According to yesterday’s New York Post in an article written by Larry Brooks (accessed via their website), the National Hockey League may be seeing a later than expected start for the 2020-21 regular season.
The media outlet is reporting that “there has been a lull in the talking since the NHL hit the NHLPA with its request last week for additional salary deferrals and an increase in the escrow cap that would amount to approximately $300 million flowing to ownership for 2020-21.”
Back in July, the two sides signed a new collective bargaining agreement. This allowed the league to go through with their Return to Play initiative that resulted in the Stanley Cup Playoffs being played to their completion. It also deferred players pay “10 percent … with escrow capped at 20 percent. Players would have been guaranteed 72 percent of their face-value pay for the coming season.”
Now, the league is “citing liquidity issues” to get the “players to defer 26 percent of their pay while increasing the escrow cap to 25 percent. That amounts to a guarantee of 55.5 percent for 2021-21. The league is also asking players to increase the escrow cap for the fourth, fifth and sixth years” of the six-year CBA.
The Post’s Brookscited “several well-placed sources” saying that there was “continuing adamant, widespread opposition within the union to this request to renegotiate the terms of agreement structured by the NHLPA to protect players under contract as much as immediately possible while passing the cost of a flat cap and rolling escrow shortfalls onto later generations.”
Brooks said that the NHLPA is “entitled to no more than 50 percent of hockey-related revenue over the life of the agreement.” With “the adoption of annual escrow caps coupled with unlinking the cap from actual hockey-related revenue” there is an end to “the assurance of a year-by-year 50-50 split.”
Brooks suggested that since “the original 10 percent deferral was scheduled to be repaid without interest in three equal, annual installments beginning on Oct. 15, 2022,” then “perhaps the union would be more amenable to at least talking about adjusting the agreement if the league agrees to repay all deferred money with interest.”
The NHL was shooting for January 1, 2021 as the start of a 60-game season that would run through April. Now that that seems to be interrupted by the labor issues, Brooks mentioned that a 48-game schedule starting during the third week of January “appears the more likely objective.”
Of course, there is precedent for a 48-game season. Brooks pointed out that the 1994-95 and 2012-13 seasons were shortened to such with 1994-95 starting on January 20, 1995 while the 2012-13 season began on January 19, 2013.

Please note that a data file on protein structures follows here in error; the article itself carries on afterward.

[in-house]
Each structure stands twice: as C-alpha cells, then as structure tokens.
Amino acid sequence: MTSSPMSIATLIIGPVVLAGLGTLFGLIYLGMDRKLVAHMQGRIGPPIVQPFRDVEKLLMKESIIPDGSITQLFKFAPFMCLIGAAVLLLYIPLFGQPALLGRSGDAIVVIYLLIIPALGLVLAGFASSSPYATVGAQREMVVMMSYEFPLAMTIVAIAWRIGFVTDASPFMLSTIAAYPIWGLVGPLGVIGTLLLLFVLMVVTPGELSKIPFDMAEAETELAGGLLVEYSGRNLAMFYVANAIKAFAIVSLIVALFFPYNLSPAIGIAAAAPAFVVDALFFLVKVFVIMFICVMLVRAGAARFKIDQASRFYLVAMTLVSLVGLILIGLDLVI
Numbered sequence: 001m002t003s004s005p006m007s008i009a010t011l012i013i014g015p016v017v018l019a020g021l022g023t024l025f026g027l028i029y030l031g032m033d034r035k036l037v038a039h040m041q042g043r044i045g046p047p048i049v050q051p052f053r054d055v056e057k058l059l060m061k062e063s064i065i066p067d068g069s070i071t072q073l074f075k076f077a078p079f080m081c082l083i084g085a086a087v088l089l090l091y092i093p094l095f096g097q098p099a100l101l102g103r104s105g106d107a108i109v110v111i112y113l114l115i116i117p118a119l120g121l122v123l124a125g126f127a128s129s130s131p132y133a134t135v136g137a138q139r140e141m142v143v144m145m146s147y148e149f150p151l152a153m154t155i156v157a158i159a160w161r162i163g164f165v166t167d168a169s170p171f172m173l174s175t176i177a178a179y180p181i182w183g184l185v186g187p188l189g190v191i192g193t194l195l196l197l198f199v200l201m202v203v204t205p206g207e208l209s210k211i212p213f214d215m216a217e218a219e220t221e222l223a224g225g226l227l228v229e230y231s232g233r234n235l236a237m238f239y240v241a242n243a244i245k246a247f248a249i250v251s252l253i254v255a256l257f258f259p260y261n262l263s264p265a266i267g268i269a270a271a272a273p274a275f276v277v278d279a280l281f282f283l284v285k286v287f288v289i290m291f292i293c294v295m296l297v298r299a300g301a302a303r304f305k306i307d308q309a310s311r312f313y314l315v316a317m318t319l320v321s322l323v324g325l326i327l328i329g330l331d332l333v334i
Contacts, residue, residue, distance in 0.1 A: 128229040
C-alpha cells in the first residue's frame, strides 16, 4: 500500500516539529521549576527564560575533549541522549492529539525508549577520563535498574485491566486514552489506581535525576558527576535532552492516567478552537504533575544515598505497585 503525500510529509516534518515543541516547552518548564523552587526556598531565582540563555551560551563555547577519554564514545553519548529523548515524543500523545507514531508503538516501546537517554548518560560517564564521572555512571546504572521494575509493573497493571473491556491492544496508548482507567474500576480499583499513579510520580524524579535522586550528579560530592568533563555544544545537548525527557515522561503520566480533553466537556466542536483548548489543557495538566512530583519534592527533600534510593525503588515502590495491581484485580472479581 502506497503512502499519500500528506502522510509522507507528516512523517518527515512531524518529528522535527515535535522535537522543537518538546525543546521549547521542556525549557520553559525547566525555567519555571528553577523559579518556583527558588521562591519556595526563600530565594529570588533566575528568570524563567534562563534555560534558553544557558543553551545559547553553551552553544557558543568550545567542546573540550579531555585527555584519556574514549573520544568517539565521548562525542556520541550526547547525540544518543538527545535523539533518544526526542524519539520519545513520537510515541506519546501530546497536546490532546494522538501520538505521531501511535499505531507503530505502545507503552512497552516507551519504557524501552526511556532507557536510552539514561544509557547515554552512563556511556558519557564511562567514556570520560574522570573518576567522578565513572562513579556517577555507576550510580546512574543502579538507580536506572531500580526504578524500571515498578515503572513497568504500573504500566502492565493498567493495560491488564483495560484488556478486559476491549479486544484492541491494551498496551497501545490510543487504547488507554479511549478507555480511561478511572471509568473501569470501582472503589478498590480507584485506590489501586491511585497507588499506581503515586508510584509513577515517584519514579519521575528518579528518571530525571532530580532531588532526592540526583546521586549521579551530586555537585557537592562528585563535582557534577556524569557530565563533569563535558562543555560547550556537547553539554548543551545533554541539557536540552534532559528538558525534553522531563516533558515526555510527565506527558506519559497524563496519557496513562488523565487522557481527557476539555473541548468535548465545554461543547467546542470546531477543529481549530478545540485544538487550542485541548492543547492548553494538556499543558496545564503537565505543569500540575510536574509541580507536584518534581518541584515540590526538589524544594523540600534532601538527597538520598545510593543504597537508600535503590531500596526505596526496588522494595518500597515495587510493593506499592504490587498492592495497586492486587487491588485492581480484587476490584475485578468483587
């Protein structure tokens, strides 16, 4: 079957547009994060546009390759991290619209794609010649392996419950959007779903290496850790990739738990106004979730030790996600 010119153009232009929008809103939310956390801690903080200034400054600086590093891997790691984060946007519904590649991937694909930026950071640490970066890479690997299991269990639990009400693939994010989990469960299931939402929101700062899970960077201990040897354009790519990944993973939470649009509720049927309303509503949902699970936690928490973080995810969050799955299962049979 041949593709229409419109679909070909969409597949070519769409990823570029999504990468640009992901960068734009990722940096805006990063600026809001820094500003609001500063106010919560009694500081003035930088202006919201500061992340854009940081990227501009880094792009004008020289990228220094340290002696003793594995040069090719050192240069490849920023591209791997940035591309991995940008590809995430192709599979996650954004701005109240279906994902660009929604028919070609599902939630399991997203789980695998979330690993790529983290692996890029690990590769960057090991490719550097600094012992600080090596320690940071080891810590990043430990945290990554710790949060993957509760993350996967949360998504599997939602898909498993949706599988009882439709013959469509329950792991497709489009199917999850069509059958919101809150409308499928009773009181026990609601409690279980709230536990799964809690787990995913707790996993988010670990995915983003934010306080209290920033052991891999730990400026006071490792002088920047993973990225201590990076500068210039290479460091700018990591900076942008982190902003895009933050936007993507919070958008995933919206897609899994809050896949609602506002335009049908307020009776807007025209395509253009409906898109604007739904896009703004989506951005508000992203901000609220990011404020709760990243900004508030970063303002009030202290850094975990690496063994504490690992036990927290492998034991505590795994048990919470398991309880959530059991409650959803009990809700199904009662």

As if that was not enough, there is also the continuing concerns brought on by COVID-19.
The NHL and NHLPA “must agree on health and safety protocols outside of a bubble. With an expectation of exposure, positive tests, infection and cases, the league and union must create contingencies within the schedule for postponements; for potentially ranking teams by percentages rather than points if teams do not play the same number of games; for roster expansion to accommodate positive (or inconclusive) tests, etc.”
Sports fans have seen similar problems in Major League Baseball and the National Football League with schedules interrupted due to COVID outbreaks among team players and personnel.
To alleviate this, Brooks mentions that the NHL “might want to consider eliminating overtime and going straight from regulation to the shootout in the event of 60-minute tie scores in order to limit the amount of time teams spend on the ice while competing in a condensed schedule.”
Brooks says that “the NHL remains focused on playing in home arenas, with or without fans as determined by local health agencies and governing bodies. That has not changed with news that a handful of players on the Blue Jackets and Golden Knights have tested positive for COVID-19 while skating informally.”
The league, with seven teams in Canada, also has to tackle the problem that teams cannot just cross the border, play a game, and then return to the United States. Canada has strict quarantining protocols in place. Entering Canada, you must self-quarantine for two weeks. With this, the league has bandied around the idea of a “Canadian Division” that would see the seven Canadian teams play each other while the American teams are divided up into regional divisions as well. (The Devils would likely be in a division with other northeastern teams, such as the usual Rangers, Islanders and Flyers; but also teams like the Sabres and Bruins, whom they have never shared a division with.)
Whatever happens, we will find out soon hopefully and get the 2020-21 season off and running.